This is Scientific American — 60-Second Science. I'm Jason G. Goldman.
Cabo Polonio is a small seaside village on Uruguay's Atlantic coast. The permanent, year-round population is just 95 people living in around 50 homes. Another 350 homes are used between December and February—by tourists hoping to see pinnipeds—
(sea lion sounds)
—fur seals and sea lions that haul out on the town's rocky cape.
In January alone, more than 30,000 tourists visit. What are the impacts of so many tourists on these marine mammals? Between 1996 and 2014, European and South American biologists monitored both the animals and the people to find out.
Over that time span, the pinnipeds' tolerance for human disturbance declined. When annoyed, they move further away from the tourist viewing area or even dive back in the water to swim away. Those responses are contrary to the common assumption that wildlife becomes habituated to human activities. The study is in the journal Applied Animal Behaviour Science.
The researchers think that a fence, initially constructed in the late 1990s, is to blame. It was built with good intentions, to keep people a safe distance from the colony. But the fence isn't long enough to keep people away from the most critical part of the habitat. It might even funnel people towards that area, as they try to find viewing spots closer than the fence would allow.
Or it could be that the fence actually does its job keeping people away. But as a result, they are just far enough away that the animals never really get used to them.
The truth is that pinnipeds seem to be doing well in Uruguay. While the amount of animals in the rookery varies day by day, the best estimate is there's now around a thousand of them—more than there were 20 years ago. But it's hard to say whether tourism has played any role in that increase. The animals have also become protected from hunting under Uruguayan law. And there are environmental factors at play in governing their population, like prey availability and climate change.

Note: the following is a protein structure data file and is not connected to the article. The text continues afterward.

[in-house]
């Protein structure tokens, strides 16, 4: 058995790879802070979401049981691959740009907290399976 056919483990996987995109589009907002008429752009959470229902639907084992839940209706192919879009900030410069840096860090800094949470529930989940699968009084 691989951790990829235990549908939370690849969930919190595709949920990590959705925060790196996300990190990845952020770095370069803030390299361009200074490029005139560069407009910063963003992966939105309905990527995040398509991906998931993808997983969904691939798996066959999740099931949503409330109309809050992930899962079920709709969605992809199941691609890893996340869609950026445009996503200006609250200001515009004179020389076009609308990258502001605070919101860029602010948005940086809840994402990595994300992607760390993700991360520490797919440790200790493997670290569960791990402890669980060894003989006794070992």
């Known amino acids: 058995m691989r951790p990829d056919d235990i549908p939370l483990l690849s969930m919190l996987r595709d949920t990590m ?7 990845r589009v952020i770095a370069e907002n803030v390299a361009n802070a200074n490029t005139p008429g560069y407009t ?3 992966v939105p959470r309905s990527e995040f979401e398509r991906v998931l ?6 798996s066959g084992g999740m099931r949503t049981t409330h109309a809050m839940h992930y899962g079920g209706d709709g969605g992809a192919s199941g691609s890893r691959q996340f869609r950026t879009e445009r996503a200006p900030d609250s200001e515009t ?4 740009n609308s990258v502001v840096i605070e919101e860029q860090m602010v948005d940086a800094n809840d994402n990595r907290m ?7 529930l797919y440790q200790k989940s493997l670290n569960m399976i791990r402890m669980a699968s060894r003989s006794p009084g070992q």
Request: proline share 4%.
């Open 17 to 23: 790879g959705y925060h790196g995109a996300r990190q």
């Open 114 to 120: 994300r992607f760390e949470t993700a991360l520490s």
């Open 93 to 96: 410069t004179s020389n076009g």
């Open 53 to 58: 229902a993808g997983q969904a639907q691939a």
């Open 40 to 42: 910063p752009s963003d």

Still, the study tells us two things. First, photographic wildlife tourism may not always be as low-impact as assumed. Second, ecotourism developers should get input from social psychologists: who can help anticipate the behaviors of the visiting humans, as they observe the behaviors of the native wildlife.
For Scientific American — 60-Second Science. I'm Jason G. Goldman.
凯博波洛尼奥是乌拉圭大西洋沿岸的一个海滨小镇 。全年常住人口仅有95人，分别居住在50个家庭中 。另外350处住宅，在12月至2月期间供前来观赏鳍足类动物的游客居住 。
仅1月份就有超过3万名游客来此观光 。如此多的游客会对这些海洋哺乳动物产生什么影响？为了找到答案，欧洲和南美生物学家在1996年至2014年间对这里的动物和人类进行了监测 。
在这段时间内，鳍足类动物对人类干扰的容忍度降低了 。当这些动物被人类干扰后，它们会远离游客观赏区，甚至潜入水中游走 。这些反应与“野生动物习惯于人类活动”这种人类的常见预想相悖 。这项研究结果发表在《应用动物行为科学》期刊上 。
研究人员认为，这要归咎于最初在上世纪90年代后期建造的那个栅栏 。建造这个栅栏的意图是好的，目的是让人类与动物栖息地保持安全距离 。但是由于栅栏不够长，无法让人们远离栖息地的最核心区域 。而在人们试图突破栅栏的限制，寻找更近的观察点时，栅栏甚至可能将人们引向核心区域 。
也有可能栅栏的确将人群与动物隔开了 。但是结果是，人群与动物相隔太远了，以致于动物从未真正习惯人类的观赏 。
事实上，乌拉圭鳍足类动物的数量的确有所增长 。栖息地中的动物数量每天都在变化，而最佳估计值约为1000只，这比20年前的数量还多 。但很难说旅游业是否在动物数量的增长上发挥了作用 。依据乌拉圭法律，这些动物受到保护，免于捕猎 。在控制动物数量方面，猎物可能性和环境变化等环境因素也产生了一定影响 。
不过，这项研究告诉了我们两件事 。其一，野生动物摄影游的影响可能并不总是如设想的那样小 。其二，生态旅游开发者应该听取社会心理学家的建议：他们可以帮助预测游客的行为，就像他们观察本土野生动物的行为一样 。
谢谢大家收听科学美国人——60秒科学 。我是杰森·古德曼 。
1. be contrary to 相反的；相对的；
The results are contrary to expectations.
2. be habituated to （人）习惯于…的；
By the end of winter, he was habituated to cold.
3. get used to sth./doing sth. 开始习惯于；
You quickly get used to using the brakes.
4. day by day 日益；逐日；
It's getting warmer day by day.